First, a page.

Prejudice is a net that ensnares not only those who suffer from severe psychiatric illness, but also many of us who care for individuals with bipolar and other disorders.
Sometimes I wonder if hatred of psychiatrists is one of the few remaining forms of acceptable bigotry. If the vitriol on many anti-psychiatry Web sites is any indication, the answer may be yes.
No, I’m not comparing psychiatrists to ethnic or racial minorities, or claiming that we deserve anybody’s sympathy. And I’m not talking about vigorous but constructive criticism of psychiatry, much of which is justified.1 I’m talking about the kind of visceral, rage-ridden hatred that makes the hairs on your neck stand up, or sends your heart plummeting to your stomach.
“I hate shrinks. Shrinks should die. Shrinks are evil.” These are the kinds of comments recently cited by a brave, young woman who blogs under the nom de plume, Natasha Tracy. I generally oppose the use of pseudonyms among bloggers, particularly health care professionals who hide behind fake names to launch cowardly attacks on their colleagues. But “Ms. Tracy,” who is not in the health care field, convincingly explains the safety concerns that led her to adopt this pen name.
It turns out that Ms. Tracy has been diagnosed with bipolar disorder, and has been writing about her illness with courage and candor for about two years.2 As a specialist in bipolar disorders, I can say that Natasha’s understanding of this illness is more accurate and sophisticated than that of many physicians I have encountered over the past 30 years. But more than that: she shows uncommon wisdom and deep compassion, when it comes to discussing psychiatrists and psychiatry. Here are a few excerpted remarks from Natasha’s essay, “Hatred of Psychiatry Doesn’t Create Change”:2
“I hate shrinks. Shrinks should die. Shrinks are evil.” . . . OK I get it, you don’t like psychiatrists. Personally, I would find a more intelligent way to express an argument, but your point is clear nonetheless. You’re ranting. I get that. I rant. We all do. It’s a healthy expression of the frustration seen when dealing with so many things outside of our own control. But at some point you have to stop hating, wishing for murder, and committing moral condemnation and actually do something useful . . . When we say we “hate” something what we really mean is our emotions have overwhelmed us to the point where we no longer think rationally. Something you “hate” can’t be redeemed, can’t be made better and contains no shades of grey . . . Hatred is a mucky darkness that lets you scream and yell all day but doesn’t let you move on to affect the thing you “hate.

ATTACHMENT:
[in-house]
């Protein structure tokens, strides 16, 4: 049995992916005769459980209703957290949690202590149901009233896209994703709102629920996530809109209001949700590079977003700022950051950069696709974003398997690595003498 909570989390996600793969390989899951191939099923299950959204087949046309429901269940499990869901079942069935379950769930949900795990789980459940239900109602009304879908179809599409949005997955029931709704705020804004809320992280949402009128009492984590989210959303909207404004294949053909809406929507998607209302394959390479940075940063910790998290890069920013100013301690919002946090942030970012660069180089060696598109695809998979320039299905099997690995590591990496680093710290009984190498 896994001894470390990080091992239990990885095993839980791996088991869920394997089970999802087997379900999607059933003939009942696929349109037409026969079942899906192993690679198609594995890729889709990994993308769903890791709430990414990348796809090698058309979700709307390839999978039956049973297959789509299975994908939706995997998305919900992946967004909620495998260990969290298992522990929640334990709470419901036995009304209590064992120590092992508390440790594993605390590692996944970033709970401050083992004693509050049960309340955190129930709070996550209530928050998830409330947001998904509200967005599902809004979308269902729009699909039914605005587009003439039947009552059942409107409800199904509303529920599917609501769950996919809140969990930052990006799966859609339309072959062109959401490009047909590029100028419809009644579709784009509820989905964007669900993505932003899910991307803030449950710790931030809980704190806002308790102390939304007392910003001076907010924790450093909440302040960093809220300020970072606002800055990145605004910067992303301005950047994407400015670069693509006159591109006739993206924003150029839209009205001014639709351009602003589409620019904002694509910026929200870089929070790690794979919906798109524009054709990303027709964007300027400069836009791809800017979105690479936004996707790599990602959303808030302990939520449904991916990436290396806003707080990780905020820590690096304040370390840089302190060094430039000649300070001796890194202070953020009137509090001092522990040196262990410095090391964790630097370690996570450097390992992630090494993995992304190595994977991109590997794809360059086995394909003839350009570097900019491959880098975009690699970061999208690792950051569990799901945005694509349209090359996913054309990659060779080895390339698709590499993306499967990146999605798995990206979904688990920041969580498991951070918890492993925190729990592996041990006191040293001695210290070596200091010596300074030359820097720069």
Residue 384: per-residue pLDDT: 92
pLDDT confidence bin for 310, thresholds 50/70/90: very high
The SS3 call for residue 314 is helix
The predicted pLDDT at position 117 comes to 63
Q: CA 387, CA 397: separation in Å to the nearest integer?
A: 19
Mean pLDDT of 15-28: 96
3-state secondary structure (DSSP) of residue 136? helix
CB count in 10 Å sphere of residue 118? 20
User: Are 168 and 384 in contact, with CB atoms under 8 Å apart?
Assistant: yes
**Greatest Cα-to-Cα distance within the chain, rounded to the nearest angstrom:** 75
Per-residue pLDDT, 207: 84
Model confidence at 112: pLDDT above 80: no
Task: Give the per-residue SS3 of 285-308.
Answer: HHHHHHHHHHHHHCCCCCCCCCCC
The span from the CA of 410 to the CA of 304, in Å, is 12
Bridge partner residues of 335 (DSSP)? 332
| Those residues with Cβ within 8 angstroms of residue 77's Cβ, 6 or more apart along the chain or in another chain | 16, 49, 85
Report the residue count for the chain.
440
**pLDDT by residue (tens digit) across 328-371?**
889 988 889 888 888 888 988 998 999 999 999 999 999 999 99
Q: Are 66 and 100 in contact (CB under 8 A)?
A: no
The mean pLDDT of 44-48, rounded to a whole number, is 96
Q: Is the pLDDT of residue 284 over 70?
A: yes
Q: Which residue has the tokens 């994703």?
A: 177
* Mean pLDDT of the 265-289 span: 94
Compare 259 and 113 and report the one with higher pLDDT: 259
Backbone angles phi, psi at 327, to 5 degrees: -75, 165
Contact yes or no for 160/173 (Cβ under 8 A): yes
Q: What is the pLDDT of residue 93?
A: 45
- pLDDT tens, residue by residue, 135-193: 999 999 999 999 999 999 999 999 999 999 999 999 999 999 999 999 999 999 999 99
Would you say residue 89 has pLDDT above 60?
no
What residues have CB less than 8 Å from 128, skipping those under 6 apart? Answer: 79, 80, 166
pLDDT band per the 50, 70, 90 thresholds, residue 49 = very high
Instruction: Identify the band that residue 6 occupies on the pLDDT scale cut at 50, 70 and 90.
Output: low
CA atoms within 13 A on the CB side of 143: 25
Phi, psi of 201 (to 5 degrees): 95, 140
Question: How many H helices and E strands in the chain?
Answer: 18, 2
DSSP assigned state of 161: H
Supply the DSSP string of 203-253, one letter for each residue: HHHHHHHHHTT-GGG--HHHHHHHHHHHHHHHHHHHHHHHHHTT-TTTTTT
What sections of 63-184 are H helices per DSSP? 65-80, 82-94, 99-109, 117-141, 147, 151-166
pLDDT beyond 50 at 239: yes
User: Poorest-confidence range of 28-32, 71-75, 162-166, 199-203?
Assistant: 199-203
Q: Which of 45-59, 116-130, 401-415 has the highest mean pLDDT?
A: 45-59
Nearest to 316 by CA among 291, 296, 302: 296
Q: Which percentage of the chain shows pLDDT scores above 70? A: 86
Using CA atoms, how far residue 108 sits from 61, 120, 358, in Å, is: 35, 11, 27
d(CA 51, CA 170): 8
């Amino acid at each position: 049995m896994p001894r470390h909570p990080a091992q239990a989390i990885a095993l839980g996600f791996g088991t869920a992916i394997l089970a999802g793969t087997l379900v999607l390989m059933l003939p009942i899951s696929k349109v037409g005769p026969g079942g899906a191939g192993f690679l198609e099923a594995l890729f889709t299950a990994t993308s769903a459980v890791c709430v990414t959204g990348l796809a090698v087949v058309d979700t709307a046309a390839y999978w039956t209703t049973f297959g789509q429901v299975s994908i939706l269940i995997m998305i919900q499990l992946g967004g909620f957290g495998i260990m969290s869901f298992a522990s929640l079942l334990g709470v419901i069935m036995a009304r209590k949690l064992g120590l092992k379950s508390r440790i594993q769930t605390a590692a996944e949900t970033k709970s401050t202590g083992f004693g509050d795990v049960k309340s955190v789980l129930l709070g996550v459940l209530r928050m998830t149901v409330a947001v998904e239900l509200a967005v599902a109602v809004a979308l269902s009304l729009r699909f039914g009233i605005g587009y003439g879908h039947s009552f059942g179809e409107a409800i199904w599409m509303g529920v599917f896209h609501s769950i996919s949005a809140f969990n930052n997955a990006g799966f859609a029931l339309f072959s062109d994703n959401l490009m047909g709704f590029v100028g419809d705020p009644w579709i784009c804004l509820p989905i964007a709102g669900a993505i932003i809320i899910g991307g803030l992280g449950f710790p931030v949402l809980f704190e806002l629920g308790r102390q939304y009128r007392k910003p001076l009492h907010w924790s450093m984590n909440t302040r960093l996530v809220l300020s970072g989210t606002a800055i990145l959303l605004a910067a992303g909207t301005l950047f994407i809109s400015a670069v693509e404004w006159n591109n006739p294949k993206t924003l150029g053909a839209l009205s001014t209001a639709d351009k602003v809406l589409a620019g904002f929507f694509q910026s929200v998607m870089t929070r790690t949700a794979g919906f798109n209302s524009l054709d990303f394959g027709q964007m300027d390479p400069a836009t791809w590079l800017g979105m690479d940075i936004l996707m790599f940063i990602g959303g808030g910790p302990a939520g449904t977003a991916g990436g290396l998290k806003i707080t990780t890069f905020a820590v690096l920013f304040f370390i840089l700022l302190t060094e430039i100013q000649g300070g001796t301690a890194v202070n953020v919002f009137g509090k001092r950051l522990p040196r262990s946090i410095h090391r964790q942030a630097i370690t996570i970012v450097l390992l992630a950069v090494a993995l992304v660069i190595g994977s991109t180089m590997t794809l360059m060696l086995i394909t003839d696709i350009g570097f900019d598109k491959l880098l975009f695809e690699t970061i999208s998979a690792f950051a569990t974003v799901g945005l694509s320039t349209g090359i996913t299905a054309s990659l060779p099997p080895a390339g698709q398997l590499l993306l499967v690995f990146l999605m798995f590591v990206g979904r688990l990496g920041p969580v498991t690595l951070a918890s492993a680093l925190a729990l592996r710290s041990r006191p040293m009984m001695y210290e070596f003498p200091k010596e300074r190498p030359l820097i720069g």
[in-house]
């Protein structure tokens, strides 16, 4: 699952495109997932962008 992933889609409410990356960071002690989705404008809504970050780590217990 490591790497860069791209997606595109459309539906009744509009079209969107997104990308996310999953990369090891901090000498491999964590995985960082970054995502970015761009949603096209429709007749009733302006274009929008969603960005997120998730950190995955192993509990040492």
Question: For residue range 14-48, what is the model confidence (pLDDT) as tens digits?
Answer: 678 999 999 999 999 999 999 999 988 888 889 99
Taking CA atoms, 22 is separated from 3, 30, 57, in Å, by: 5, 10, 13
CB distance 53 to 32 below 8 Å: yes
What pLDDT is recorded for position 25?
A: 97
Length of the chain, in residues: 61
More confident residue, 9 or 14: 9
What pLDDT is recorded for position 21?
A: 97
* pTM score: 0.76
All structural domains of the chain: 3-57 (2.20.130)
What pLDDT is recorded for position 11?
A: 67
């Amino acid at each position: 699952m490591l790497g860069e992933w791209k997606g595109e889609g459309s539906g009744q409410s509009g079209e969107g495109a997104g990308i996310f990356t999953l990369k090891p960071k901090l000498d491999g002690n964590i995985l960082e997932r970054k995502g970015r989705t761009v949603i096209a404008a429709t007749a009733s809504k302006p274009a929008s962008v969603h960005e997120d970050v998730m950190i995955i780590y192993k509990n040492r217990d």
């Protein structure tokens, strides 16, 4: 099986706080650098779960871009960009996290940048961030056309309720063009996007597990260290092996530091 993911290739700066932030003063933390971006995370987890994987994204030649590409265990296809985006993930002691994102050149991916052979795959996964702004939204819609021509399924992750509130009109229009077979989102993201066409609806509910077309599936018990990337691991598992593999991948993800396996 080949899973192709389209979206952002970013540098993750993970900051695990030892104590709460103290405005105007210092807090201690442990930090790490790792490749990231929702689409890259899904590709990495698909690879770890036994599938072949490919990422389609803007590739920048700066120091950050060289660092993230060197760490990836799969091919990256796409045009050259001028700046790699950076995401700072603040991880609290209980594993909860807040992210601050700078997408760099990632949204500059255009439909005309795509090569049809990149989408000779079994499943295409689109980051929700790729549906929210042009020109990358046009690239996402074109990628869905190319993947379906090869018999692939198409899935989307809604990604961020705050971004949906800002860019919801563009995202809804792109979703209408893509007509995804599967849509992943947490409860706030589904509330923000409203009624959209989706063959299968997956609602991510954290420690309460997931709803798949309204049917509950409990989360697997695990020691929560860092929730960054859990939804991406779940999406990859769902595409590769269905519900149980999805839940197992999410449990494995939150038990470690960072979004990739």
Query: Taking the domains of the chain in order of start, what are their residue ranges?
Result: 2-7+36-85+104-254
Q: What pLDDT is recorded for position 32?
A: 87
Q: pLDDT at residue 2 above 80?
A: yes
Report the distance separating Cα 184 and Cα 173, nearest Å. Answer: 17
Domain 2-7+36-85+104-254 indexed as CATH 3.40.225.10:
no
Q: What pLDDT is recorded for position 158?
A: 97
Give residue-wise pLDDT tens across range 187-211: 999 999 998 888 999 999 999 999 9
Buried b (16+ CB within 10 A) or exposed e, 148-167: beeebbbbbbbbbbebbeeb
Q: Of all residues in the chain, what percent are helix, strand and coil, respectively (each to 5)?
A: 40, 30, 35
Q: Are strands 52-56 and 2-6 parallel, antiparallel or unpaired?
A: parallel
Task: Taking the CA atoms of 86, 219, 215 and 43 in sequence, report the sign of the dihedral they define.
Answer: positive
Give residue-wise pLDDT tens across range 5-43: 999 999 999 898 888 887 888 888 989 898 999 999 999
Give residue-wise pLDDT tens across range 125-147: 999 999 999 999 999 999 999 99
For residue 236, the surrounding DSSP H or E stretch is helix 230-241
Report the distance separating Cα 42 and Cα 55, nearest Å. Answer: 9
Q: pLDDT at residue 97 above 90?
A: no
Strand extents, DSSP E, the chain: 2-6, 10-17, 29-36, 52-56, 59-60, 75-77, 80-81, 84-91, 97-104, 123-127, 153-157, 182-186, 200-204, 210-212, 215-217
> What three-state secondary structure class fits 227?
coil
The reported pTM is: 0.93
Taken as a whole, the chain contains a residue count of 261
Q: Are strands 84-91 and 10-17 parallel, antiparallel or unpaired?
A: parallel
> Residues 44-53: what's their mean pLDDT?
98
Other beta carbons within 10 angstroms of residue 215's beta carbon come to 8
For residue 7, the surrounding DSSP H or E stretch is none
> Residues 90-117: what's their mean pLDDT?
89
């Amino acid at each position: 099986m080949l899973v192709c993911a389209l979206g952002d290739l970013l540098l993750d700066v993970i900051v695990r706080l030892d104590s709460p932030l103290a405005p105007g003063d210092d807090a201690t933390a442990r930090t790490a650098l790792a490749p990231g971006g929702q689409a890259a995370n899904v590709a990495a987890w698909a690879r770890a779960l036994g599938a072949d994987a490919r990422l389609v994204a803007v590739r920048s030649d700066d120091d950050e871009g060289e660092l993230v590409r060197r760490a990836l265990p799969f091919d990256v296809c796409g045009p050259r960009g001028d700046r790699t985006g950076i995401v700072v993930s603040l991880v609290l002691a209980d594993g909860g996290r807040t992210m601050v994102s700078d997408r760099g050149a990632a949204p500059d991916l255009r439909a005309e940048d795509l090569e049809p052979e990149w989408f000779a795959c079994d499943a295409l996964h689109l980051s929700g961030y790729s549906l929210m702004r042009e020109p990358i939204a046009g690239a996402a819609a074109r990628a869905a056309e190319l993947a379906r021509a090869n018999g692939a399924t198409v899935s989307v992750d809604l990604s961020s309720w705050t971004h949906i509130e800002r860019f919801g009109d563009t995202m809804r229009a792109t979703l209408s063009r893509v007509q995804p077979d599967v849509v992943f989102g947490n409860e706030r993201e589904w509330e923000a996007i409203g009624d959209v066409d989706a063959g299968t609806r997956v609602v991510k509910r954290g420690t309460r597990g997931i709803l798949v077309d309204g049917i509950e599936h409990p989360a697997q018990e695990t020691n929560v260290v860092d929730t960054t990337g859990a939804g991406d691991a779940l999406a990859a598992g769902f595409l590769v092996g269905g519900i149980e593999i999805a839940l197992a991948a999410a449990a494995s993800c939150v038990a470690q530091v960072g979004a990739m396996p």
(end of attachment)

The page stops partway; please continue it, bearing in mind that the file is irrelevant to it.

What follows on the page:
. . . I have to engage with psychiatry in order to be a functioning human being. I understand [that] for all its faults, and yes, there are many, psychiatry saves lives every day. I understand [that] psychiatry gave me, and so many others, a life. And I understand blind hatred doesn’t help me get any better . . . .people need to engage the psychiatric system to treat their mental illness . . . I believe in: educating people, empowering people . . . encouraging patients to take their doctors to task . . . making people more active in their own health care [and] reducing prejudice.2
Those last two words are particularly important. Prejudice is a net that ensnares not only those who suffer from severe psychiatric illness, but also many of us who care for these individuals.3 Natasha is a member of the Society of Participatory Medicine, a non-profit organization dedicated to “. . . a cooperative model of health care that encourages and expects active involvement by all connected parties (patients, caregivers, healthcare professionals, etc.) as integral to the full continuum of care . . . ”4 This is certainly a worthy model of healthcare, and one that ought to inform-and reform-psychiatry. But it is a model supported by mutual respect-it cannot stand on a foundation of hatred and prejudice.
The Roman statesman and Stoic philosopher, Seneca (4 BCE–65 CE) lived in turbulent times and knew firsthand of hatred’s toxic effects. He wrote that,
Hatred is not only a vice, but a vice which goes point-blank against Nature . . . Hatred makes us destroy one another. Love unites, hatred separates. Love is beneficial, hatred is destructive. Love succors even strangers; hatred destroys the most intimate friendship. Love fills all hearts with joy; hatred ruins all those who possess it. Nature is bountiful; hatred is pernicious. It is not hatred, but mutual love, that holds all mankind together.5
I do not know if Natasha Tracy has gone through the philosophy of Seneca; but Seneca’s philosophy has clearly gone through her.
Acknowledgments: My thanks to Dr. Glen Gabbard for his counsel on the premise of this piece; and to the Web site, www.healthyplace.com for permission to quote from Natasha Tracy’s blog.
References1. Pies R. How American psychiatry can save itself: part 2. Psychiatr Times. Mar 1, 2012 www.psychiatrictimes.com/display/article/10168/2040753.
2. Tracy N. Hatred of psychiatry doesn’t create change. http://www.healthyplace.com/blogs/breakingbipolar/2011/05/hatred-of-psychiatry-doesn%E2%80%99t-create-change/. Accessed May 24, 2012. [Note: ©2012 HealthyPlace.com, Inc. All rights reserved.]
3. Sartorius N. Guidance on how to combat stigmatization of psychiatry and psychiatrists. World Psychiatry. 2012;11:61-62.
4. Society for Participatory Medicine. http://participatorymedicine.org/.
5. Davis CH. Greek and Roman Stoicism and Some of Its Disciplines. Boston: Herbert B. Turner & Co.; 1903.